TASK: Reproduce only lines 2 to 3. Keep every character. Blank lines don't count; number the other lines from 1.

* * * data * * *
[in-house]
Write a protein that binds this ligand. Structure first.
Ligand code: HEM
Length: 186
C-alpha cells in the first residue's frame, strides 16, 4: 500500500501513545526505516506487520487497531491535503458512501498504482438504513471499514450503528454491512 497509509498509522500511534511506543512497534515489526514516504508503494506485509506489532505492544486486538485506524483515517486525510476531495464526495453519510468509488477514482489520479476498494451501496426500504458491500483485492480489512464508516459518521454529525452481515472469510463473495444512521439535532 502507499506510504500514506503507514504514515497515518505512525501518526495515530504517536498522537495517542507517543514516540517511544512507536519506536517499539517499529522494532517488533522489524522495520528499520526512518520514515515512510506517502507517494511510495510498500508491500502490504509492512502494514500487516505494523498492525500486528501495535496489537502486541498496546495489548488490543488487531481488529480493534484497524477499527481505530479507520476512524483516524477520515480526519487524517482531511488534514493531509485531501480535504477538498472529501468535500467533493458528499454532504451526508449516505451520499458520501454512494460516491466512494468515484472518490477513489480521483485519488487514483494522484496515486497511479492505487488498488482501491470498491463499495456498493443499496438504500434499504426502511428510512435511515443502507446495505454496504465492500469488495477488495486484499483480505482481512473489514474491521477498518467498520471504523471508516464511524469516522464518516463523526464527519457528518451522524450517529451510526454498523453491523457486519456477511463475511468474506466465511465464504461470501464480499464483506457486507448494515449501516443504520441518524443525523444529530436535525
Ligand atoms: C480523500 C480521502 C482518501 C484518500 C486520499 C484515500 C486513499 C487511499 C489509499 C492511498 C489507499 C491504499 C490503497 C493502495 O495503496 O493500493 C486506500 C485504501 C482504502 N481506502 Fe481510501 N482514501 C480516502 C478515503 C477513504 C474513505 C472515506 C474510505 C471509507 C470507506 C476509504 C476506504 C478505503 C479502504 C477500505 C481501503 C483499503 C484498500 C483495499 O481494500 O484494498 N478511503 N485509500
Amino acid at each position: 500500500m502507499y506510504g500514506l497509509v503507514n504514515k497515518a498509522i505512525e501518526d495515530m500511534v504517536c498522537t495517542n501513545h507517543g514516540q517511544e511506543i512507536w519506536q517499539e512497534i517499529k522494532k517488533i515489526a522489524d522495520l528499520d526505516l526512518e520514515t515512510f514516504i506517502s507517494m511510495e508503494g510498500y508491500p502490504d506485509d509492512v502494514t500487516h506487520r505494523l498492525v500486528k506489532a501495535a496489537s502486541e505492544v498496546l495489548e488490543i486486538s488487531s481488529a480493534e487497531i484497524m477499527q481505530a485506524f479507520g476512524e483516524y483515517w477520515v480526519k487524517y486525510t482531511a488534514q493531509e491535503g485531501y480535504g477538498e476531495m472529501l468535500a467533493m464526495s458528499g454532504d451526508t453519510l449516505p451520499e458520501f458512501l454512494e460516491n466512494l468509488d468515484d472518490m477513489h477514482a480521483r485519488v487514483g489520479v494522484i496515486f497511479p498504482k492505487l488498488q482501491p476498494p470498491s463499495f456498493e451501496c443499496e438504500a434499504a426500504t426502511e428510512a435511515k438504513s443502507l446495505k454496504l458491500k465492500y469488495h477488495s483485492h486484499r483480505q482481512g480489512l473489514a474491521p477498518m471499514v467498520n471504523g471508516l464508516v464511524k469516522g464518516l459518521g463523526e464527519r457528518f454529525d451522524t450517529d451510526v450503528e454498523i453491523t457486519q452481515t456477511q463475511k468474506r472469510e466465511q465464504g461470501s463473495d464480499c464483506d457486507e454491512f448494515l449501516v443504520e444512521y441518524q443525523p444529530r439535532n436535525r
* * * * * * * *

Write a protein that binds this ligand. Structure first.
Ligand code: HEM